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The Pamphlet Collection of Sir Robert Stout: Volume 30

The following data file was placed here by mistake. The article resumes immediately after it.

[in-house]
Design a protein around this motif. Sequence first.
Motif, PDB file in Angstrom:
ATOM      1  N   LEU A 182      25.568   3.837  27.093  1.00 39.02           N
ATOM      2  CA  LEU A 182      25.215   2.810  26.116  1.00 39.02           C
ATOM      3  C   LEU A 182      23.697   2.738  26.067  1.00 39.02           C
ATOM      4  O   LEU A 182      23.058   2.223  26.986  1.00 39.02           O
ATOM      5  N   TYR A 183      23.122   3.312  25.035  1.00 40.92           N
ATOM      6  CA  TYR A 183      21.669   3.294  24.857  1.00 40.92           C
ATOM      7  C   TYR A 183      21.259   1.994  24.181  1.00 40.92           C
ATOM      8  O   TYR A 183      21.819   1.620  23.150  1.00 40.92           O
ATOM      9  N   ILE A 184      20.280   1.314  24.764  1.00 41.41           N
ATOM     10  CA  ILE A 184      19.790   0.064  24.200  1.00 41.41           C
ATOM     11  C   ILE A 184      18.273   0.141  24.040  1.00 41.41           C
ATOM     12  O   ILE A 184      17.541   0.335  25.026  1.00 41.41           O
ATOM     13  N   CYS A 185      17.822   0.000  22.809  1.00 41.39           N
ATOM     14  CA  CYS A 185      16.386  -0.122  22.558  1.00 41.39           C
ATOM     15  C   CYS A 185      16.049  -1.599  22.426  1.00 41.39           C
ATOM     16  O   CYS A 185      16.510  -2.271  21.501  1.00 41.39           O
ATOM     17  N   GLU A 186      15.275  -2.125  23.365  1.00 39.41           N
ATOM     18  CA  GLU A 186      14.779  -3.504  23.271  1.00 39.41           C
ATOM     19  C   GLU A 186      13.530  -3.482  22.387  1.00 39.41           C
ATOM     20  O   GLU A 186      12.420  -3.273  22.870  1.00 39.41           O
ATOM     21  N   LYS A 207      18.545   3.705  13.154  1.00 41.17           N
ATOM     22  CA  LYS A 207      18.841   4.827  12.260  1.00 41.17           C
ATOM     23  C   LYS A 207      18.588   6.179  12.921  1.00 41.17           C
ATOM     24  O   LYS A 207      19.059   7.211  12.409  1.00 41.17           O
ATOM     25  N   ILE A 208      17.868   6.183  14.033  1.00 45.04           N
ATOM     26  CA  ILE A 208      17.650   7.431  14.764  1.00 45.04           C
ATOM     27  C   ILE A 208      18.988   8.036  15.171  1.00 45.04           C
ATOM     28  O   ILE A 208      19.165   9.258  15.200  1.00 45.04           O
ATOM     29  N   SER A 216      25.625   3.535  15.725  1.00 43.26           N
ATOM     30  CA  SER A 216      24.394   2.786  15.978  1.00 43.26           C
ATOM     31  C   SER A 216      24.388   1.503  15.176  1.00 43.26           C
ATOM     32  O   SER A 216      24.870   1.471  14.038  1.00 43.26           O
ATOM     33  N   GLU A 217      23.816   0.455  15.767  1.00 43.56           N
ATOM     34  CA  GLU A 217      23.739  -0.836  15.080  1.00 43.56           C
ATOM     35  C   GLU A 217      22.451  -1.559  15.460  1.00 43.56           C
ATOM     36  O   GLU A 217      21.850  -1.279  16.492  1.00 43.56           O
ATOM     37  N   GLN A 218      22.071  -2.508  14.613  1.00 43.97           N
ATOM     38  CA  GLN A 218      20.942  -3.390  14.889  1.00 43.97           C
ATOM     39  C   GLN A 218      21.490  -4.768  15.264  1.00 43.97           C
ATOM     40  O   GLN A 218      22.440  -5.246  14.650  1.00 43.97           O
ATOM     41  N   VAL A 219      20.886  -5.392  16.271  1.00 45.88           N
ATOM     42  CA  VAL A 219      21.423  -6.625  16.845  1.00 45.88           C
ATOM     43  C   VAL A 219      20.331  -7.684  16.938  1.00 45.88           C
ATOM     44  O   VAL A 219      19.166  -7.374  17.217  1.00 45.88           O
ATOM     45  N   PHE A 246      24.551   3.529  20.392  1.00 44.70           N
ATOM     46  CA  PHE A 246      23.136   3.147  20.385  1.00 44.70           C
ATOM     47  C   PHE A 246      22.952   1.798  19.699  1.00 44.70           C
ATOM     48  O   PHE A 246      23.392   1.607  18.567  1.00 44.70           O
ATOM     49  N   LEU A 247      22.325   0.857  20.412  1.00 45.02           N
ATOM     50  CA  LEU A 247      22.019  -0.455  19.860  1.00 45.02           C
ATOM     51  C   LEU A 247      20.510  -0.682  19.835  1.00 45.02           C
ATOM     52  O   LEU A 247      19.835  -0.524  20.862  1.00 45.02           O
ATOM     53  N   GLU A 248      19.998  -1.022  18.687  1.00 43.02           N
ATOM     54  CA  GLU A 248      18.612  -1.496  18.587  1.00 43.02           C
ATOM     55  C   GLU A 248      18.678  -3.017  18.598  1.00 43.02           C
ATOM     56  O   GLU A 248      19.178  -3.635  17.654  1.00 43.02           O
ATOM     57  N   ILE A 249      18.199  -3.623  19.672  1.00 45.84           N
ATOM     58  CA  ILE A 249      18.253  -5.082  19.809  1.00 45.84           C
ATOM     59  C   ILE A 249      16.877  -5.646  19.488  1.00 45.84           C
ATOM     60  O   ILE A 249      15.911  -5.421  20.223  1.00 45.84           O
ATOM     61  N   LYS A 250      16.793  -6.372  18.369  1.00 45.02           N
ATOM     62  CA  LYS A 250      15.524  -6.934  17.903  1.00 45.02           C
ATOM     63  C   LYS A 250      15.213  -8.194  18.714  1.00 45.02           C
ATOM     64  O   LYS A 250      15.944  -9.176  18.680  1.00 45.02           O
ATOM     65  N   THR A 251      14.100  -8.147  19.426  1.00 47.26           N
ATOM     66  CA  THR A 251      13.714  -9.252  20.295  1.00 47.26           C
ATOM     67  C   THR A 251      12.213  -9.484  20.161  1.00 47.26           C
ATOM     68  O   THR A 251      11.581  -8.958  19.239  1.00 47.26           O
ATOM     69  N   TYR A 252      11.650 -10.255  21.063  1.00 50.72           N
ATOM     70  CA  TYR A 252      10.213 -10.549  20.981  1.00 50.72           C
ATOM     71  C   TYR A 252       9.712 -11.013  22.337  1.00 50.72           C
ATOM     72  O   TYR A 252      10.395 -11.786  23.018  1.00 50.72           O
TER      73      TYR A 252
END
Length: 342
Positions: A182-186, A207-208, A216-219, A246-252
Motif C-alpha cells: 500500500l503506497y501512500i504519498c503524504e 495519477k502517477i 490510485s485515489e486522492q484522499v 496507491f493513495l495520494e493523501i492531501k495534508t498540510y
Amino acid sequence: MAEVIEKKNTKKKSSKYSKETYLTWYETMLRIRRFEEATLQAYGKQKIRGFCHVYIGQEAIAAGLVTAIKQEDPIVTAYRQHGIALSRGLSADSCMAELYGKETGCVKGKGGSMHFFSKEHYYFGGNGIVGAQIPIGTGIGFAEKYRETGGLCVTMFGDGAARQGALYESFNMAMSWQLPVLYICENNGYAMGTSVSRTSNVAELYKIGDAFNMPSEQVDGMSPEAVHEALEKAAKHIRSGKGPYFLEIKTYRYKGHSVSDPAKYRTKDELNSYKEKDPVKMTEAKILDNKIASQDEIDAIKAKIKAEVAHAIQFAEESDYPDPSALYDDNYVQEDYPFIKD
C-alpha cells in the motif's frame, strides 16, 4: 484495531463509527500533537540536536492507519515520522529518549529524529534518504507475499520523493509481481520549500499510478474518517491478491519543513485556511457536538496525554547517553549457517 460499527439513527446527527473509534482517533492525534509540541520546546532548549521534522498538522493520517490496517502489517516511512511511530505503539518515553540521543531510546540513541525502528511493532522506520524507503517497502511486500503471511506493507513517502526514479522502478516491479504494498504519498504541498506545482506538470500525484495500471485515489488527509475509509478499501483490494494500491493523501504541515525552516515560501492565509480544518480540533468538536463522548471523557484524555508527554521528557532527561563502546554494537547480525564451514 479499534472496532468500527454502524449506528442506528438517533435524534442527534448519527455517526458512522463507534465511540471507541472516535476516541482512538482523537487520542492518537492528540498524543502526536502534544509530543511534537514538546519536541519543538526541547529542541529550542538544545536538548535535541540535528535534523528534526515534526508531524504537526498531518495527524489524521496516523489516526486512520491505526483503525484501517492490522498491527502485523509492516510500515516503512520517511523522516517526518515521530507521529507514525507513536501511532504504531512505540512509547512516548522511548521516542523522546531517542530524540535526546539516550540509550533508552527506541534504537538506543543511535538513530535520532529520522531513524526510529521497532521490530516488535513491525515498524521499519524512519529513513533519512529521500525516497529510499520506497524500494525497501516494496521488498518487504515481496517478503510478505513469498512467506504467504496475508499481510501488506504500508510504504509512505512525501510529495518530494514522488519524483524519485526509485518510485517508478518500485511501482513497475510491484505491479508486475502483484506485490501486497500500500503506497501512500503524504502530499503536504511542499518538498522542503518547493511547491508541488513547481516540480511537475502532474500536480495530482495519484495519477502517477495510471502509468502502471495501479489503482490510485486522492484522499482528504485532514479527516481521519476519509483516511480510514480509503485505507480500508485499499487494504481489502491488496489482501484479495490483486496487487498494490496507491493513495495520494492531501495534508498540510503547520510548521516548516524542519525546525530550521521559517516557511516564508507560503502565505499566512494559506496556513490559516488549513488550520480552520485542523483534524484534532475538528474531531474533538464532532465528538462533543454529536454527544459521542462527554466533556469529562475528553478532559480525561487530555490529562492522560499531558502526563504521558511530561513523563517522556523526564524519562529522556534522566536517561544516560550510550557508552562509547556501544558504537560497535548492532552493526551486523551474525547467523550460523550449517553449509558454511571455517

Coming next to the question of taxation, he asked what it was that the Government proposed to dot It had been said that the Government proposed to put on crushing taxation; but let them take the amount of taxation it was intended to impose through the Customs, and examine the matter. The increased taxation was to be £175 000. He read in the morning paper that Mr Fisher said that £300,000 were to be raised by fresh taxation, and that 90 per cent, of this was to be on the necessaries of life. Considering that they only proposed to raise £175,00) altogether, this great man would have to alter his facts and figures considerably. (Laughter.) What is the position? It was a fact, indisputable and not challenged in the House, that the amount of money they derived last year from spirits was £70,000 less than they derived from spirits in 1882. That was to say, the consumption of spirits, from whatever cause, had fallen off since that time by the sum of £70,000 per annum. What is their duty in that case? Is it the duty of the Government to make the people drink more whiskey? or is it the duty of the Government to make up the amount by some fresh taxation? What did the teetotallers say? M If they would only give up drinking habits the State would not be ruined, because it would simply adjust the taxation upon some other thing"; and now, when the people have gives up drinking habits, they say to the Government, "Oh! what crushing taxation you are putting upon us." (Cheers and laughter). That accounted for £70,000 out of £175,000, and in addition they had lost through the dimished consumption of tobacco, cigars, wine, and beer a further earn of £25,000. so that in these two items they had lost £95,000 of revenue. Then in consequence of the cheaper goods coming into the country—a reduction of values having set in—they had lost on ad valorem duties £65,000. In that case the people had derived the benefit; indeed, in all these cases they had derived benefit. They consume less whisky, less tobacoo and cigars, less beer, and get their goods from England much cheaper, and the Government has lost revenue. It was the duty of the Government to make up this loss, in order that they might pay the increasing interest accruing year by year. The Government did not want to put on crushing taxation, but simply to change the incidence of taxation; therefore the people were not poorer; the taxation is not crushing, and they are in a better position now to pay taxation than they were in 1880 or 1882. A statement had been carefully compiled by the Colonial Treasurer to show that had the prices ruling in 1880 ruled during 1886 the value of imports during the year would have been £8,000,000, in place of £6,200,000; so that the people last year, with the fall of prices, saved £1,800,000. They would see that this change of incidence of taxation, imperatively called for, was no burden upon them, because they saved more than an equivalent through cheaper goods and non-consumption of spirits and beer. (Cheers). With regard to the tariff itself, he had a word to say. He did not say that the Tariff Bill would be revived. They took up precisely the same position with regard to it as Mr Gladstone took in connection with the Home Rule Bill. The tariff had been condemned by the House, and they were free to consider what they would do next if they were called on to prepare another budget. They were not bound by the tariff, but they were by its principles, and any fresh budget of theirs would be constructed on them, if they continued in power.